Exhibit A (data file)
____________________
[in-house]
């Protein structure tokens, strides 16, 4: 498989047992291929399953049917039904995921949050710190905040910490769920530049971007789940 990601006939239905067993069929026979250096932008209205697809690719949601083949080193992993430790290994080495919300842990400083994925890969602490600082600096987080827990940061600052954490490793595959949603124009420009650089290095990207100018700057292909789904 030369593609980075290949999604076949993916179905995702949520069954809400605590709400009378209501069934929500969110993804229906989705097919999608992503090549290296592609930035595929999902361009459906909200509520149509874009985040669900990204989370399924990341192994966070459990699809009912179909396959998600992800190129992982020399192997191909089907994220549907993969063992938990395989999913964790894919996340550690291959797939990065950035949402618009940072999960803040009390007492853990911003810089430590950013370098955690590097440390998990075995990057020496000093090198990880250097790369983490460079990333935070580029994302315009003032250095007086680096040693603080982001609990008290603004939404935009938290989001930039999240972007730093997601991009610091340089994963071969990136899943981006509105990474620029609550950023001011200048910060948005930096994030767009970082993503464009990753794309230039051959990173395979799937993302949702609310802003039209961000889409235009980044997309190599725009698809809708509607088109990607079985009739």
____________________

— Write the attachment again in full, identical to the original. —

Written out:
[in-house]
């Protein structure tokens, strides 16, 4: 498989047992291929399953049917039904995921949050710190905040910490769920530049971007789940 990601006939239905067993069929026979250096932008209205697809690719949601083949080193992993430790290994080495919300842990400083994925890969602490600082600096987080827990940061600052954490490793595959949603124009420009650089290095990207100018700057292909789904 030369593609980075290949999604076949993916179905995702949520069954809400605590709400009378209501069934929500969110993804229906989705097919999608992503090549290296592609930035595929999902361009459906909200509520149509874009985040669900990204989370399924990341192994966070459990699809009912179909396959998600992800190129992982020399192997191909089907994220549907993969063992938990395989999913964790894919996340550690291959797939990065950035949402618009940072999960803040009390007492853990911003810089430590950013370098955690590097440390998990075995990057020496000093090198990880250097790369983490460079990333935070580029994302315009003032250095007086680096040693603080982001609990008290603004939404935009938290989001930039999240972007730093997601991009610091340089994963071969990136899943981006509105990474620029609550950023001011200048910060948005930096994030767009970082993503464009990753794309230039051959990173395979799937993302949702609310802003039209961000889409235009980044997309190599725009698809809708509607088109990607079985009739």